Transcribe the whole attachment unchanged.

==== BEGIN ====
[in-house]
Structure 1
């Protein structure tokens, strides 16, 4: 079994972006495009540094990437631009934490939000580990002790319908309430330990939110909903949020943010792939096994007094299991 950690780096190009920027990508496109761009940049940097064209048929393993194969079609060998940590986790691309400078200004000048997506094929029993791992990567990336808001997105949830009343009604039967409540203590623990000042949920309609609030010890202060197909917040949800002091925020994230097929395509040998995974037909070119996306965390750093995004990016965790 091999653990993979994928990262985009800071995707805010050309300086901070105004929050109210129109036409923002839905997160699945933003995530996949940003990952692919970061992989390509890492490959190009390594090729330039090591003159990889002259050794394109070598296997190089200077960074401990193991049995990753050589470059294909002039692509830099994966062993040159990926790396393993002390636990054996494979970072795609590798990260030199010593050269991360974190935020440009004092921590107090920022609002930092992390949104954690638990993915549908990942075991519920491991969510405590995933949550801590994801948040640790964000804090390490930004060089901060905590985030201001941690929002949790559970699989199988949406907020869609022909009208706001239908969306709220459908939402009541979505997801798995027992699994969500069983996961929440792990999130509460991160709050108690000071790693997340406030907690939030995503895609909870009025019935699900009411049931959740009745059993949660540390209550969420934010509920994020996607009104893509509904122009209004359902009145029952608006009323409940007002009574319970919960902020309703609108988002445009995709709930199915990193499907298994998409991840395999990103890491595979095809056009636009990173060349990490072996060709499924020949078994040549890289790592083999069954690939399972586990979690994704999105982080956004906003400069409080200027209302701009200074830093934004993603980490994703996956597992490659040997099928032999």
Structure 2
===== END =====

[in-house]
Structure 1
């Protein structure tokens, strides 16, 4: 079994972006495009540094990437631009934490939000580990002790319908309430330990939110909903949020943010792939096994007094299991 950690780096190009920027990508496109761009940049940097064209048929393993194969079609060998940590986790691309400078200004000048997506094929029993791992990567990336808001997105949830009343009604039967409540203590623990000042949920309609609030010890202060197909917040949800002091925020994230097929395509040998995974037909070119996306965390750093995004990016965790 091999653990993979994928990262985009800071995707805010050309300086901070105004929050109210129109036409923002839905997160699945933003995530996949940003990952692919970061992989390509890492490959190009390594090729330039090591003159990889002259050794394109070598296997190089200077960074401990193991049995990753050589470059294909002039692509830099994966062993040159990926790396393993002390636990054996494979970072795609590798990260030199010593050269991360974190935020440009004092921590107090920022609002930092992390949104954690638990993915549908990942075991519920491991969510405590995933949550801590994801948040640790964000804090390490930004060089901060905590985030201001941690929002949790559970699989199988949406907020869609022909009208706001239908969306709220459908939402009541979505997801798995027992699994969500069983996961929440792990999130509460991160709050108690000071790693997340406030907690939030995503895609909870009025019935699900009411049931959740009745059993949660540390209550969420934010509920994020996607009104893509509904122009209004359902009145029952608006009323409940007002009574319970919960902020309703609108988002445009995709709930199915990193499907298994998409991840395999990103890491595979095809056009636009990173060349990490072996060709499924020949078994040549890289790592083999069954690939399972586990979690994704999105982080956004906003400069409080200027209302701009200074830093934004993603980490994703996956597992490659040997099928032999």
Structure 2